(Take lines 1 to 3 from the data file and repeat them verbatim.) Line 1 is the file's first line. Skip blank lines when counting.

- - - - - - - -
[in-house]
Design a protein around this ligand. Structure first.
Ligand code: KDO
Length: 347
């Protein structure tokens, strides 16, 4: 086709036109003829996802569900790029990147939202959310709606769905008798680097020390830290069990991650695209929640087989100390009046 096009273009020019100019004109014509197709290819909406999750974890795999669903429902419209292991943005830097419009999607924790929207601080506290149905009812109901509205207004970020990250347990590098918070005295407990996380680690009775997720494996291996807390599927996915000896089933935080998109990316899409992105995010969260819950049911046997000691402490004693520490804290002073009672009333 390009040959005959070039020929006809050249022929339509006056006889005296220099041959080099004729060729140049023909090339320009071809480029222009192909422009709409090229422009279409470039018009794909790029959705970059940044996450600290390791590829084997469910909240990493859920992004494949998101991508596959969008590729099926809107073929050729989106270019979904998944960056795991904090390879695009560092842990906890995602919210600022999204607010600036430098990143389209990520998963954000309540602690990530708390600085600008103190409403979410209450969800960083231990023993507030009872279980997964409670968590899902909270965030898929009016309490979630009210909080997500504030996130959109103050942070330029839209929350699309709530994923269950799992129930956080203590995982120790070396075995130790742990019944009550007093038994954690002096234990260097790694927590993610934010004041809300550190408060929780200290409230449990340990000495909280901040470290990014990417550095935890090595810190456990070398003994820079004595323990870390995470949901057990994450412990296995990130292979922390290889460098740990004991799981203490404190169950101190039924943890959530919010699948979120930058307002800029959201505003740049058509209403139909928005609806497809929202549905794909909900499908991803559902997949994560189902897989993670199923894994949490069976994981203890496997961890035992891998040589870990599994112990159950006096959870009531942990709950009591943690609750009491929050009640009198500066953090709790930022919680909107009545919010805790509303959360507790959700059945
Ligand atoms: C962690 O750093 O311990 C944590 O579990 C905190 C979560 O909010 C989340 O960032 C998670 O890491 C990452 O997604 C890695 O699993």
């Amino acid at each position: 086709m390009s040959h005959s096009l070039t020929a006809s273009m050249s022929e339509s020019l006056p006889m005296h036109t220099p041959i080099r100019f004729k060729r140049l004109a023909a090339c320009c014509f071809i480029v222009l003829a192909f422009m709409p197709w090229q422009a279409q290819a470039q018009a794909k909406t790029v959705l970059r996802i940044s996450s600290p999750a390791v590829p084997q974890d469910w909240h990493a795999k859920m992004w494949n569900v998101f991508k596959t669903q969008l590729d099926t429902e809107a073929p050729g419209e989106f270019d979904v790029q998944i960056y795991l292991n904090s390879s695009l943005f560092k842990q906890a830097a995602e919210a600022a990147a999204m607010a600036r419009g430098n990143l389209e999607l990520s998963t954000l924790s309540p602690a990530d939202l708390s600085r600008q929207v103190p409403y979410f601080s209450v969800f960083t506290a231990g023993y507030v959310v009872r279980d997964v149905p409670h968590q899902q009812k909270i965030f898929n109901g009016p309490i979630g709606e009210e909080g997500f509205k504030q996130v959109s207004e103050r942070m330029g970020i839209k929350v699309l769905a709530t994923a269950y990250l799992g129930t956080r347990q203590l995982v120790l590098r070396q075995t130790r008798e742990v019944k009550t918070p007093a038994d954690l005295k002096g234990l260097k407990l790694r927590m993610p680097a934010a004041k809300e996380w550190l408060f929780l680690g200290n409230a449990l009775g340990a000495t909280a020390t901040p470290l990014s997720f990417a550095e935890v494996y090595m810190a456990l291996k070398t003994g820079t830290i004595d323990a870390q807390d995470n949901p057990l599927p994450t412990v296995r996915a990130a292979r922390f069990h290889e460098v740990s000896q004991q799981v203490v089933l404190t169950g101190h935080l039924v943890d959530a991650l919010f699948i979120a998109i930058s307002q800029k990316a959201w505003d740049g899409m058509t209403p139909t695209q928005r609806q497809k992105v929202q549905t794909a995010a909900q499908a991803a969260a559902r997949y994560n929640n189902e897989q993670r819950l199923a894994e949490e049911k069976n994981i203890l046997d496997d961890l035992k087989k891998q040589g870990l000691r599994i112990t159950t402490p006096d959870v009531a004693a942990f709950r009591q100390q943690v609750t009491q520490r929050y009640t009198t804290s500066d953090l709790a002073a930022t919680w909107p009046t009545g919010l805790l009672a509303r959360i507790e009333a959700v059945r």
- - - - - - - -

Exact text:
[in-house]
Design a protein around this ligand. Structure first.
Ligand code: KDO